After a great meal at Crop in Cleveland I made my way back to Toledo for the evening and subsequently flew out of Detroit the following morning with little in my belly aside from a salad from 7:00am (had to finish off what was left in the fridge.) Arriving at LGA and waiting around forever for the tram I noticed I was quite hungry – a good thing considering my plans for a Lower East Side Food Crawl for breakfast followed by the New Museum, Morrison Hotel, CoSM, and parts of Chelsea prior to lunch snacks and an evening dinner at Scarpetta.
Hopping off the awful super-shuttle (yes, I travel cheap, it allows me to eat expensive) into the heart of Chinatown with map in hand the first stop on my list was impromptu. Having tried an egg custard for the first time weeks ago in San Francisco and seeing myriad Chinese bakeries I stopped and asked a man (the first I passed who I heard speaking English) who had the best Custards and he said “you want Egg Custard King – Mott Street.” Pointing me in the right direction I was afraid I’d miss it due to the all-Chinese signage, but thankfully the brightly colored restaurant stuck out like a sore thumb.
Entering the shop I was greeted by wonderful smells of sugar, butter, and yeast as well as multiple pastel colors – both on the wall and on the egg custards. Inquiring what the difference was it took three employees to understand my question and tell me that the colors were flavors – “regular, lime, strawberry, and coconut” are what I think I heard. At 90 cents each I asked for regular and a strawberry and made my way to the street again. Still warm from the oven I first tasted the “regular” and was instantly struck by the relative blandness of the custard – eggy and well prepared, yes, but not sweet and with only the butter in the crust as a notable taste. Disappointed I next tasted the strawberry version which, while better, tasted only mildly of berry (more “fruit punch” to my palate) and moreso like the sugary egg custard I sampled in San Francisco. Again well prepared and still warm/fresh I certainly can’t say it was bad – especially for the price – but I’d not rush back either.
Continuing my walk, the next stop planned was the much hyped Donut Plant, but on the way I saw something too famous to pass – Kossar’s famous Bialys. Having tried a bialy once prior I vaguely knew what to expect – garlic/onion/carbs but honestly I must say I was surprised that such a famed institution was so – boring and unfriendly. Despite there only being 2 customers in the place aside from myself the small elderly lady at the register snapped at me quite annoyedly when I failed to order immediately on command and asked me to step aside until I “figured it out.” Not wanting to further inconvenience her I asked for one bialy to go. Ninety cents later I was handed a warm and garlicky piece of flat bread that despite its good texture really didn’t blow my mind – it was basically a warm pita pocket, nothing more and nothing less. Reading others opinions perhaps I’m just more a bagel guy than a bialy guy, but either way I don’t think I’m a Kossar’s guy – I like friendly service.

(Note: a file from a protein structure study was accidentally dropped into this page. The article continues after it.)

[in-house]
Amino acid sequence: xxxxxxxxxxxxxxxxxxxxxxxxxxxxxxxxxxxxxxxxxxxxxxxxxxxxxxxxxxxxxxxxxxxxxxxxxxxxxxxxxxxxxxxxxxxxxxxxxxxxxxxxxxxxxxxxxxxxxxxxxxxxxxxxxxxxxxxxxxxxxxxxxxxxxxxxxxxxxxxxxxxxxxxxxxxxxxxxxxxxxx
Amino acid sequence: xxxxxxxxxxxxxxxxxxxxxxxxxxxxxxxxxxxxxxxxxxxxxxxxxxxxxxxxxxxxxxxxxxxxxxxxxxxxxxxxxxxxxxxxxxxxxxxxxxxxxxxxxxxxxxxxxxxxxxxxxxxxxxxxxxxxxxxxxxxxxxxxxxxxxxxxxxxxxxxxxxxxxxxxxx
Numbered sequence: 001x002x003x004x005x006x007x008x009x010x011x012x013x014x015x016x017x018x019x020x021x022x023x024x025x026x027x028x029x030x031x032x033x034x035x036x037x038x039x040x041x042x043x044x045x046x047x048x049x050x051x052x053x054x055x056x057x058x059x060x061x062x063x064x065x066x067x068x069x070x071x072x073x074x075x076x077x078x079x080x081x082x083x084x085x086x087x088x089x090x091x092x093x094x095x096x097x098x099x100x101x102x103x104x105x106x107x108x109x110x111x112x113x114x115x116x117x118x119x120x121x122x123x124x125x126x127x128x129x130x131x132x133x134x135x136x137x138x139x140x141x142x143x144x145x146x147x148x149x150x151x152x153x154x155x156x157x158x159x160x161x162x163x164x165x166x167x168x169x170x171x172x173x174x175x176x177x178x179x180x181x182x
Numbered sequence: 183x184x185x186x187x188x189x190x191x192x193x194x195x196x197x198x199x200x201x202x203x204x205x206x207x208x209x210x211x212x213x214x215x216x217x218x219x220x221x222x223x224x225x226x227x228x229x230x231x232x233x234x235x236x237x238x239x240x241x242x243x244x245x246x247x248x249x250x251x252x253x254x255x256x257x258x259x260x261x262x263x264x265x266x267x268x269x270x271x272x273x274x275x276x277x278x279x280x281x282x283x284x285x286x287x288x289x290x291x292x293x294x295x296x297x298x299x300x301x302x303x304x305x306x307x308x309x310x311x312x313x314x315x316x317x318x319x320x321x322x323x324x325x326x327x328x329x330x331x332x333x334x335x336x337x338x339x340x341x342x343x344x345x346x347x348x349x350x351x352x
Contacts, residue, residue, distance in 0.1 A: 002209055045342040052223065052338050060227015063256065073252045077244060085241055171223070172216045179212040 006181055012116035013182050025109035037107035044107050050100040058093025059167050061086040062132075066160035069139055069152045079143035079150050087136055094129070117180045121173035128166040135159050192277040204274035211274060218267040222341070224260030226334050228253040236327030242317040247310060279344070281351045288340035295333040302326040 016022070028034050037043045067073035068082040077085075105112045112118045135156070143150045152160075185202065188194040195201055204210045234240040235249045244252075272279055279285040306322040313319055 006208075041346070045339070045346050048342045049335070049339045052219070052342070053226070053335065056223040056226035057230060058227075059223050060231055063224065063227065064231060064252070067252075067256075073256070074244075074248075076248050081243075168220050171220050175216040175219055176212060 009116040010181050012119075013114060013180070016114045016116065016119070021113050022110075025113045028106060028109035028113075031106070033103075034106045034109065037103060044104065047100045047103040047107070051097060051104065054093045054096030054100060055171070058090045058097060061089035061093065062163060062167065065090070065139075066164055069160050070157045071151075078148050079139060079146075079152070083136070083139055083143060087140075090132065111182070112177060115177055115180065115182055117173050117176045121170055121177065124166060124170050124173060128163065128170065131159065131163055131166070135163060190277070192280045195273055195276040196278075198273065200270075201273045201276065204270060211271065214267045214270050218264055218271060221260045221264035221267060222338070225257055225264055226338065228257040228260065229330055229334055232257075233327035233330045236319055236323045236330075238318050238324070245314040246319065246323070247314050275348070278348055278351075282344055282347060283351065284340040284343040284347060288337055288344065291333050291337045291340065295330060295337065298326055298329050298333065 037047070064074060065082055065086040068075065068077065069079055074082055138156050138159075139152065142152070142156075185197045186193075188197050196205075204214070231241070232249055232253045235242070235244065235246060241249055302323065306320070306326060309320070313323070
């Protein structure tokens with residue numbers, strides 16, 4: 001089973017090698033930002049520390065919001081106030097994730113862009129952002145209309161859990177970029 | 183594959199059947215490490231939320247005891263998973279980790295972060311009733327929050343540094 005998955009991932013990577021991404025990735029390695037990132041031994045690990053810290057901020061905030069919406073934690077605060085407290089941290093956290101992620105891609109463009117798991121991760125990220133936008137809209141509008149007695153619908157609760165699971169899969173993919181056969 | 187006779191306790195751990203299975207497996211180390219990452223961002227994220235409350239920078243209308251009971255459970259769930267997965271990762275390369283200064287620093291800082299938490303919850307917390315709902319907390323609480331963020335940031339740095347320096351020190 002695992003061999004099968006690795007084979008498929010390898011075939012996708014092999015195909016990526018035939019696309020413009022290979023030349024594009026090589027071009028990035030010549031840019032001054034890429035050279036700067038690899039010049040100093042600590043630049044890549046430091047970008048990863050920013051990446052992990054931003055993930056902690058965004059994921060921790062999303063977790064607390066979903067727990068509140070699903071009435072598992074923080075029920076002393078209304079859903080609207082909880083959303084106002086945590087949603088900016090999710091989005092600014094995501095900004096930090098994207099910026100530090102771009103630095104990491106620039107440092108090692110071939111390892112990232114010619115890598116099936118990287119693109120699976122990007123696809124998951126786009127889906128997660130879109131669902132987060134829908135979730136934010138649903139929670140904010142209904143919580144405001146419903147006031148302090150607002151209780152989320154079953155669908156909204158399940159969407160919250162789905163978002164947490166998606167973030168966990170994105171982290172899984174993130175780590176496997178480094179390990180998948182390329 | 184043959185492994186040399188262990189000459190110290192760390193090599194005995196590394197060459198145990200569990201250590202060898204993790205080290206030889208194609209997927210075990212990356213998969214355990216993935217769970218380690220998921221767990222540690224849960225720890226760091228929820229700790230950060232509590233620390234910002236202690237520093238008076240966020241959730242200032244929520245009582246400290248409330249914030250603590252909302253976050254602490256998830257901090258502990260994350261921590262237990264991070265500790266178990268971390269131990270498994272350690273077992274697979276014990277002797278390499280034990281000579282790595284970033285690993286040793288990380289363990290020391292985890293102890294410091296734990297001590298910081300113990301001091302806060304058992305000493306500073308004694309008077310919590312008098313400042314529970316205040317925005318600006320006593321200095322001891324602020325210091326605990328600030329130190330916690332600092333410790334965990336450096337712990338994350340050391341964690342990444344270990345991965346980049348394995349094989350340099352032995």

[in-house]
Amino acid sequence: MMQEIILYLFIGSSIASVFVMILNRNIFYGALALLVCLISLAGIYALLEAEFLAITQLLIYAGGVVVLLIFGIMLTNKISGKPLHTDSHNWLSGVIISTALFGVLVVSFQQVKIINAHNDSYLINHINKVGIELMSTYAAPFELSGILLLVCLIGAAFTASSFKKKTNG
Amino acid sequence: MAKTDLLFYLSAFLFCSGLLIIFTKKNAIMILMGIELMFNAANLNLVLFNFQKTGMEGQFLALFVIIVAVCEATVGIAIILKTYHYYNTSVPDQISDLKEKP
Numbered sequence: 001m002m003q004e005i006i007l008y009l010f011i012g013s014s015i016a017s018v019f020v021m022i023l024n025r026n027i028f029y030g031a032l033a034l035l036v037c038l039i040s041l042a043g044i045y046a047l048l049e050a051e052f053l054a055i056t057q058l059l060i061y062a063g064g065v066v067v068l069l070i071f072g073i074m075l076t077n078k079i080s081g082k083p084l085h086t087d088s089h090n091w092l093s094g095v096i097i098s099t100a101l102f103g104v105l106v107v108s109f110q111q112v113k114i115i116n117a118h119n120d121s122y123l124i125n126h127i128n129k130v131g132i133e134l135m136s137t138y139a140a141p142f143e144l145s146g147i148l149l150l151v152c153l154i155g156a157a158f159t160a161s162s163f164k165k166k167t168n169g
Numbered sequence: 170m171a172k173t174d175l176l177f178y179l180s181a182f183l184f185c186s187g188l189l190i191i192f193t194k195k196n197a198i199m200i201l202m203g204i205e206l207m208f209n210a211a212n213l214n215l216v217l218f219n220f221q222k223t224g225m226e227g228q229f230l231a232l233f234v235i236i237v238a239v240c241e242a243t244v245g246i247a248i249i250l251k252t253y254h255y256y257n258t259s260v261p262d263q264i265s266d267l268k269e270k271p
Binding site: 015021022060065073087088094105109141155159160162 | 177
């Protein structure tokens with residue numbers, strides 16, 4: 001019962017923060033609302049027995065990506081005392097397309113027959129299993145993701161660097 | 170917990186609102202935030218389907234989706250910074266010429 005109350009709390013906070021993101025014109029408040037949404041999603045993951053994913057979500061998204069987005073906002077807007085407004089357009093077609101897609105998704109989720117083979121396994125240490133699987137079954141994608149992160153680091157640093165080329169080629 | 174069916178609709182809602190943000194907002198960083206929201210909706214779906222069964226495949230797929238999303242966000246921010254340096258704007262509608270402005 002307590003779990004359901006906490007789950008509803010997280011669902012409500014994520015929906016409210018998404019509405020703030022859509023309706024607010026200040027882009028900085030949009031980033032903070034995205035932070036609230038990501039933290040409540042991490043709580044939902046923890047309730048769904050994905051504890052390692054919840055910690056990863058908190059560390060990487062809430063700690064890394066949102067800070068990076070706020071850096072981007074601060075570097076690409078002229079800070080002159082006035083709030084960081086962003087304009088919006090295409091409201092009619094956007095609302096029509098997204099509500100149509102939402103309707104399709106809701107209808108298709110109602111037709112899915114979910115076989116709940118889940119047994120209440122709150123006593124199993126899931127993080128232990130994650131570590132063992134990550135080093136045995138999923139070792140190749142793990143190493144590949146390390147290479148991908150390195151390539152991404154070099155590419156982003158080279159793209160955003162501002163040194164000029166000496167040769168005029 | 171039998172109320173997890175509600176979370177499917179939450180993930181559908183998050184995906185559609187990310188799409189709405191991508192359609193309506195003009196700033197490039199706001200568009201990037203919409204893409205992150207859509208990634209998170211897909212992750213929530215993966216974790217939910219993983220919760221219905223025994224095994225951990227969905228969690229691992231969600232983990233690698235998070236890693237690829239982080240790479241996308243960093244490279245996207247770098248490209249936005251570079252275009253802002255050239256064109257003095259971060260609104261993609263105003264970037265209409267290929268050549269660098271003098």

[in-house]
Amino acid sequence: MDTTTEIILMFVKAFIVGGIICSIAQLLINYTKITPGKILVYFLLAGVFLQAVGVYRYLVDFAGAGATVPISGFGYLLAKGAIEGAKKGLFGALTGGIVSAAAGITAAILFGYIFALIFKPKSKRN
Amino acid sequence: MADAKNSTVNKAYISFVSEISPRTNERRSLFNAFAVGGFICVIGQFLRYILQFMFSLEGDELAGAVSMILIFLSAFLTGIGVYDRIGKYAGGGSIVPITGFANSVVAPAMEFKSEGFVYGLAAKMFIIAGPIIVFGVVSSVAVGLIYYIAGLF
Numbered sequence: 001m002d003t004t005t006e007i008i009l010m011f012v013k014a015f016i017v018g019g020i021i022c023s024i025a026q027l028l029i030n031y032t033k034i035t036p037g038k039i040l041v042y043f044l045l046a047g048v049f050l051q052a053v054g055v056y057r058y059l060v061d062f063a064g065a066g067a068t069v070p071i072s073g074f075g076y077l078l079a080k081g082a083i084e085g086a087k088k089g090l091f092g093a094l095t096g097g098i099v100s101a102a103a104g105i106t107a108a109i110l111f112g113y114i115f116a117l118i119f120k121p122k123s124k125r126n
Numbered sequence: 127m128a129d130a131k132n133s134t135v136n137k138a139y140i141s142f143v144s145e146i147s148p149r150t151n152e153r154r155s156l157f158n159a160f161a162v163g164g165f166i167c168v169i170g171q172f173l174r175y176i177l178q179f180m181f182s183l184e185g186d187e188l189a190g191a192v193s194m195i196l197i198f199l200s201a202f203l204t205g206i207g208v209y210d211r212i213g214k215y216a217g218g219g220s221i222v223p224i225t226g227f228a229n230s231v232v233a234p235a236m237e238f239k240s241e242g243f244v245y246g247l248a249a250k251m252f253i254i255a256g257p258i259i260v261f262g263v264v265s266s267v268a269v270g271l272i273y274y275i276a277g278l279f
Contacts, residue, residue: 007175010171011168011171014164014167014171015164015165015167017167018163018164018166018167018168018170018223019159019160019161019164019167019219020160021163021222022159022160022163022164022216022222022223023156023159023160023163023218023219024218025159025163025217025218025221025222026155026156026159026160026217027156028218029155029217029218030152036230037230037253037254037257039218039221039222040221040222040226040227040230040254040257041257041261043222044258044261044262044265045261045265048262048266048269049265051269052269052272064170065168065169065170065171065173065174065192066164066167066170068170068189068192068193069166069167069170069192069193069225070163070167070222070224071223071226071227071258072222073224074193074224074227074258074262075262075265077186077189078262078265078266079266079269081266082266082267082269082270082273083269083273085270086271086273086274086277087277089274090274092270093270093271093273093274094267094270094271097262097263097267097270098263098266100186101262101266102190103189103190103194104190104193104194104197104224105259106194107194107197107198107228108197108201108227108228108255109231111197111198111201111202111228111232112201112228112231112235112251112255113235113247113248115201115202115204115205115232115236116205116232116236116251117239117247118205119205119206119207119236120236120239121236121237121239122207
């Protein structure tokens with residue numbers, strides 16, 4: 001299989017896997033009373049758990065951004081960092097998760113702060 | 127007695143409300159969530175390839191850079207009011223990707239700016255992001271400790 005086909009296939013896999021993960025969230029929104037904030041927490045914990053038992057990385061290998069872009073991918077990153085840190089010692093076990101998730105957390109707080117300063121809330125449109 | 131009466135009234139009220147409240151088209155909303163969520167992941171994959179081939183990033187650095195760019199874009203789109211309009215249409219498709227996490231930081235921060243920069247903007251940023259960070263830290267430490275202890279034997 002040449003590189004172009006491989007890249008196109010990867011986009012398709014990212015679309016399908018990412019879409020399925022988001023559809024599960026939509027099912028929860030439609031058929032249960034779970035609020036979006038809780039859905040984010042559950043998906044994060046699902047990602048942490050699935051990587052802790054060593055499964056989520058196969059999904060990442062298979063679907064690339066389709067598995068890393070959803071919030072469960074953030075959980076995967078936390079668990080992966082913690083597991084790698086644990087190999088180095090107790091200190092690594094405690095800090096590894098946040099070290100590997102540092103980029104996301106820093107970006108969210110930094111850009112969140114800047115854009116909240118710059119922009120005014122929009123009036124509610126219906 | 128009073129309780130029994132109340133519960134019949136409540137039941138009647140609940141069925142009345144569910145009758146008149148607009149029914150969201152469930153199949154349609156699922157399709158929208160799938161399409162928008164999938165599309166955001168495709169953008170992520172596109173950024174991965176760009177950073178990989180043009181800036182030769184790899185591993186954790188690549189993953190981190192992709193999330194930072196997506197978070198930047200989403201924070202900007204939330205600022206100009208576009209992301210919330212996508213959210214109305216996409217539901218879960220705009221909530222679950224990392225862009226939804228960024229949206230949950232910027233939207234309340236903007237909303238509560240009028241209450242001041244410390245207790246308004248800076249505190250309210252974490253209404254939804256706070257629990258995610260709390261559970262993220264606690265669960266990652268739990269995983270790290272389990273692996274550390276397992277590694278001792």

A bit let down so far, but still miles from sated, I continued to my previous destination just two doors down – Donut Plant. In a city that seems to live and breathe Dunkin Donuts (for reference, I think we have two total in Columbus) I have to admit I was intrigued as to how a small shop in the LES had gotten so much attention from foodies and I was even more interested by some of the flavors listed on their online menu. Arriving at the small bakery (smaller, even, than Kossars) the place was packed (IE, 10 people) so I stood outside and read the specials board for a moment. Given the fact that my trek still contained a few more stops I decided I would order two donuts – a crème brulee and whatever was fresh from the oven.